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Twitter CEO dismisses idea of expanding 140-character limit

LOS ANGELES - Twitter CEO Jack Dorsey says the service's iconic 140-character message limit isn't going away.On NBC's "Today" show Friday, March 18, Dorsey said the company has no plans to expand the 140-character limit, which dates back to Twitt...

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Reuters

LOS ANGELES - Twitter CEO Jack Dorsey says the service's iconic 140-character message limit isn't going away.

On NBC's "Today" show Friday, March 18, Dorsey said the company has no plans to expand the 140-character limit, which dates back to Twitter's launch in 2006. "It's staying," he said. "It's a good constraint for us, and... it allows for of-the-moment for everything."

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Twitter had been rumored to be contemplating rolling out the ability to post tweets with up to 10,000 characters.

Dorsey appeared on the NBC morning talk show to mark the 10th anniversary of the company. The exec, who returned as CEO of Twitter last fall, sent the very first tweet on March 21, 2006.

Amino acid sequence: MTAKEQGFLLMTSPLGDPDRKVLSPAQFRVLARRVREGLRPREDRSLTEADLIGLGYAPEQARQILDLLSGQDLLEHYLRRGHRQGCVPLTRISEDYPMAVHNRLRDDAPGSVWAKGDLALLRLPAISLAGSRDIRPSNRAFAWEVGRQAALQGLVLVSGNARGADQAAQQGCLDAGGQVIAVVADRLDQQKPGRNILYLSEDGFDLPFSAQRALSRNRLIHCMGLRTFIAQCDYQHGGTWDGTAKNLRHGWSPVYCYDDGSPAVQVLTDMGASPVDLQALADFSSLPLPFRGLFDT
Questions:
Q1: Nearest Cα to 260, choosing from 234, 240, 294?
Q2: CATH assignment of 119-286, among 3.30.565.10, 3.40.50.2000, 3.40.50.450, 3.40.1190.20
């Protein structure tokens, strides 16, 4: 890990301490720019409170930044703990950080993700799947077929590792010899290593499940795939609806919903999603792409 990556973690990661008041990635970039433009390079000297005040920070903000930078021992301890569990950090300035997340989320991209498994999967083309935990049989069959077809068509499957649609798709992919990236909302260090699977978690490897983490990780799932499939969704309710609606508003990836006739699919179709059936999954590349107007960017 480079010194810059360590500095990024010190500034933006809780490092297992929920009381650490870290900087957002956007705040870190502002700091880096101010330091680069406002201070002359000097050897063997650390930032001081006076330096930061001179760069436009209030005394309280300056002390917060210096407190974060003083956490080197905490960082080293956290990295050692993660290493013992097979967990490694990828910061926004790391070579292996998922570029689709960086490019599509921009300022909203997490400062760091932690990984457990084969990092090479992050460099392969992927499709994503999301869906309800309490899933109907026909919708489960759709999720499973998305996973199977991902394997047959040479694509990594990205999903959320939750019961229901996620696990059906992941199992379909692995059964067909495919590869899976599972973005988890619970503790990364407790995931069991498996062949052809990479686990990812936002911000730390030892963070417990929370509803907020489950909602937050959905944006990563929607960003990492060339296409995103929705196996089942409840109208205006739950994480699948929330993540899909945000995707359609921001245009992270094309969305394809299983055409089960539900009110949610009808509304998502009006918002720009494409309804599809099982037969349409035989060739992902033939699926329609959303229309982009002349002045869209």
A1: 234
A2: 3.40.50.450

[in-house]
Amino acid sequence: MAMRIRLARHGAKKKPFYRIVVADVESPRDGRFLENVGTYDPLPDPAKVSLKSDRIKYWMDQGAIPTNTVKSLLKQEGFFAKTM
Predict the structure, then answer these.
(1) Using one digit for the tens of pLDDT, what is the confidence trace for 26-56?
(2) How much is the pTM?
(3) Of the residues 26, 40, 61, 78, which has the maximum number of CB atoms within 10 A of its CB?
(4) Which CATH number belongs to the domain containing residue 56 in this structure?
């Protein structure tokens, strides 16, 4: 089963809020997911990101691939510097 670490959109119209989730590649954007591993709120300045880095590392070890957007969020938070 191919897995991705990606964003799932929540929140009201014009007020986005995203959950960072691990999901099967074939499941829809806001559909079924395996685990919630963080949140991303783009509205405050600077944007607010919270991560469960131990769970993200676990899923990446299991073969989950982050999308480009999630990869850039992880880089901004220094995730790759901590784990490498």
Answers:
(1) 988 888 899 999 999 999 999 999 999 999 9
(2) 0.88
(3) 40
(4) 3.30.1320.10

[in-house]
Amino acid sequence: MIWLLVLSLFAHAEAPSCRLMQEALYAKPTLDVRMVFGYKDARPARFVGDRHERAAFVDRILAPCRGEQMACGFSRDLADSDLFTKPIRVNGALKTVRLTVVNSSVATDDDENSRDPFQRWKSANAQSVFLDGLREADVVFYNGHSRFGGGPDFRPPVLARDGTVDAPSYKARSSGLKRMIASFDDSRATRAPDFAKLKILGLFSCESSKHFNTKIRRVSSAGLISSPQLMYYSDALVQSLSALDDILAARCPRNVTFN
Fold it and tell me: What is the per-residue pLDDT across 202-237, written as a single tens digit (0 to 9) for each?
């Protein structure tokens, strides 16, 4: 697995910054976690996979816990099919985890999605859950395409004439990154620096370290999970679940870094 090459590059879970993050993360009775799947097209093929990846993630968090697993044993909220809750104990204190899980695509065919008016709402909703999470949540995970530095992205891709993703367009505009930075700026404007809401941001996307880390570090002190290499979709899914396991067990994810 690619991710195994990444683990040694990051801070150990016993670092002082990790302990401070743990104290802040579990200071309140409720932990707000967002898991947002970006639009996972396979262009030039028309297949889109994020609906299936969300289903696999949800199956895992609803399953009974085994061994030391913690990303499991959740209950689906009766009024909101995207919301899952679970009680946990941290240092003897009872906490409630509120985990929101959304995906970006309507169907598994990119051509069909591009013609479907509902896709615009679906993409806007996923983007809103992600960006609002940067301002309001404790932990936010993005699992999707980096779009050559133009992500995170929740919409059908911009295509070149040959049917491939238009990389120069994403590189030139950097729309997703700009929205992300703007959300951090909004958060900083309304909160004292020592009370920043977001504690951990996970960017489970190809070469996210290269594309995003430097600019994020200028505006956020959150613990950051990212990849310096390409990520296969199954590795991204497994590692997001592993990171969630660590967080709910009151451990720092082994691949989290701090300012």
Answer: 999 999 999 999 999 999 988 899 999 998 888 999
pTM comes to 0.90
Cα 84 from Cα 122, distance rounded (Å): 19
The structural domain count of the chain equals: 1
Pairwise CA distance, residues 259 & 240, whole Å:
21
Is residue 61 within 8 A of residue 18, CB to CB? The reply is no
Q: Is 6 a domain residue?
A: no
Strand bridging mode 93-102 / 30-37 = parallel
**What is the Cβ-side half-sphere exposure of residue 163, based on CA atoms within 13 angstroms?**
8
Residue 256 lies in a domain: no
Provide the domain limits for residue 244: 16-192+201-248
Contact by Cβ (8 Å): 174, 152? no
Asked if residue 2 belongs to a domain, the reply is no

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In an interview with "Today" host Matt Lauer, Dorsey was asked whether Twitter censors users. "Absolutely not," he said. "Twitter has always been about controls. People can follow who they want, and it's our job to make sure they see the most important things."

Dorsey acknowledged that Twitter removed a video posted by Islamic terrorist group ISIS that personally threatened retaliation against him and Facebook CEO Mark Zuckerberg. "I found it alarming," Dorsey told Lauer.

In keeping the 140-character limit, Twitter evidently decided that the feature is too much a part of its identity to scrap. The company has wrestled with the problem of making the service easier to use and more useful, while preserving the features its core user base loves. In the fourth quarter of 2015, Twitter's monthly active users declined by 3 million, to 305 million.

Dorsey, in a January tweet he posted as an image to get around the character limit, ruminated on the possibility of adding search and highlighting features to longer-form messages. "We're not going to be shy about building more utility and power into Twitter for people," he wrote at the time. "As long as it's consistent with what people want to do, we're going to explore it."

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